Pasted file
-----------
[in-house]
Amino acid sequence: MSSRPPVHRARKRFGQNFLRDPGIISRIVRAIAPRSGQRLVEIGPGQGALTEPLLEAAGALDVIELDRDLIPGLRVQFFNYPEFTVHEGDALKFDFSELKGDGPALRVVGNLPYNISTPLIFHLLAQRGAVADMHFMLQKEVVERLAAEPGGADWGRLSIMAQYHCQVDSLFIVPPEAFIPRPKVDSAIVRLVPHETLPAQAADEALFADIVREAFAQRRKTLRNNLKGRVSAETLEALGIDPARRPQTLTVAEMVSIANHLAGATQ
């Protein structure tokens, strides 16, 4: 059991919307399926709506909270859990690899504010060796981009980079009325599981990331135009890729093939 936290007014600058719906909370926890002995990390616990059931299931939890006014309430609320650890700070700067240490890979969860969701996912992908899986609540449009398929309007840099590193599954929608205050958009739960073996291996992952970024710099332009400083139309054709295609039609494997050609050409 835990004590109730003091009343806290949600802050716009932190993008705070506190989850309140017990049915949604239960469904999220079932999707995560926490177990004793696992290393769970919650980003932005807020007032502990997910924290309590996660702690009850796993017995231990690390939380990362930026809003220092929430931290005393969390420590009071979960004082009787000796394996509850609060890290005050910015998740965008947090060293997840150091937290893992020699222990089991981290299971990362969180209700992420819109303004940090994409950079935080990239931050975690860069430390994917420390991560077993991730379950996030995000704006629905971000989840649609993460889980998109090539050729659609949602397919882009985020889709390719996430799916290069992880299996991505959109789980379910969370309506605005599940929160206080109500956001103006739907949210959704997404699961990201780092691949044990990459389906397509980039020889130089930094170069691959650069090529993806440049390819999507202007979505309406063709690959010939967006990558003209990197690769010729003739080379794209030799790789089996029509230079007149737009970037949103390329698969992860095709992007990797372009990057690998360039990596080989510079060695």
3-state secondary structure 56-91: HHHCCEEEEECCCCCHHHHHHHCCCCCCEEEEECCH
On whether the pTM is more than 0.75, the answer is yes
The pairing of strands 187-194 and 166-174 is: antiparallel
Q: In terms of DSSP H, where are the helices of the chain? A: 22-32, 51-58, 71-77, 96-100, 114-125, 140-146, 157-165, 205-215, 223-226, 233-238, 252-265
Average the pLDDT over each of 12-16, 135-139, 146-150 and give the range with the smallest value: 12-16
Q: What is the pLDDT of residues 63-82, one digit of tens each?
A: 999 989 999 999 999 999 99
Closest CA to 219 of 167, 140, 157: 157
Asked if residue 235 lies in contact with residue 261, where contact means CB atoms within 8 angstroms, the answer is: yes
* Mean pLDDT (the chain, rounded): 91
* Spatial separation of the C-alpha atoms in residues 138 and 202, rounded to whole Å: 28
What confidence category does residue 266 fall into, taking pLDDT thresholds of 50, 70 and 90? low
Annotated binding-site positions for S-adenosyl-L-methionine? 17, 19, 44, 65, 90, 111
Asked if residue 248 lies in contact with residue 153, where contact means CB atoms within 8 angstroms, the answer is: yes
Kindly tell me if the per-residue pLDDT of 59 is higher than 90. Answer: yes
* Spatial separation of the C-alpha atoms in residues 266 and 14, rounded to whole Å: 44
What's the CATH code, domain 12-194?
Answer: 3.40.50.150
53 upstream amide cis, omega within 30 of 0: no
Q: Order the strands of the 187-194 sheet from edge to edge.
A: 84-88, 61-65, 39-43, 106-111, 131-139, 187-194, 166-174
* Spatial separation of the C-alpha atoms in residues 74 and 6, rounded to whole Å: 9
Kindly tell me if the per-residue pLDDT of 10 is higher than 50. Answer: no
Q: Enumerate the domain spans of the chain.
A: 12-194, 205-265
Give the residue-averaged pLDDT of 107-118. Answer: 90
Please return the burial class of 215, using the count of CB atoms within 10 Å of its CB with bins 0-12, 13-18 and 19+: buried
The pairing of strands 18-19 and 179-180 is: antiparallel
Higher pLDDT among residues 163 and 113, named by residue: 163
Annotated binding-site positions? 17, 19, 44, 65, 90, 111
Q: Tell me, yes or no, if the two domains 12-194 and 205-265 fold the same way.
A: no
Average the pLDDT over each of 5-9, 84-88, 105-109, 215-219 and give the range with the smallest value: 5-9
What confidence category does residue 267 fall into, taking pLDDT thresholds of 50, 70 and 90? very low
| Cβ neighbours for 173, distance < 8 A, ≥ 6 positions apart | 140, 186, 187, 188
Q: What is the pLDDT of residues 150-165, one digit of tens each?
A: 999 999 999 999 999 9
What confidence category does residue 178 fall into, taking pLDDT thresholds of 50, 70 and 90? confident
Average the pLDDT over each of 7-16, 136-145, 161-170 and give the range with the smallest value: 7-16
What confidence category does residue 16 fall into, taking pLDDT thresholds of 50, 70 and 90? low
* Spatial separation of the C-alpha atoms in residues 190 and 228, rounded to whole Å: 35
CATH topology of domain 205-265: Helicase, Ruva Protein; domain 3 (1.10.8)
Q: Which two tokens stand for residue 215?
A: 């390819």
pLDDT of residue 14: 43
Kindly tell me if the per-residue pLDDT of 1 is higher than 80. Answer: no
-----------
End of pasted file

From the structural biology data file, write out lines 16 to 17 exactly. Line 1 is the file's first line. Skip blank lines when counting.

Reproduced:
Annotated binding-site positions for S-adenosyl-L-methionine? 17, 19, 44, 65, 90, 111
Asked if residue 248 lies in contact with residue 153, where contact means CB atoms within 8 angstroms, the answer is: yes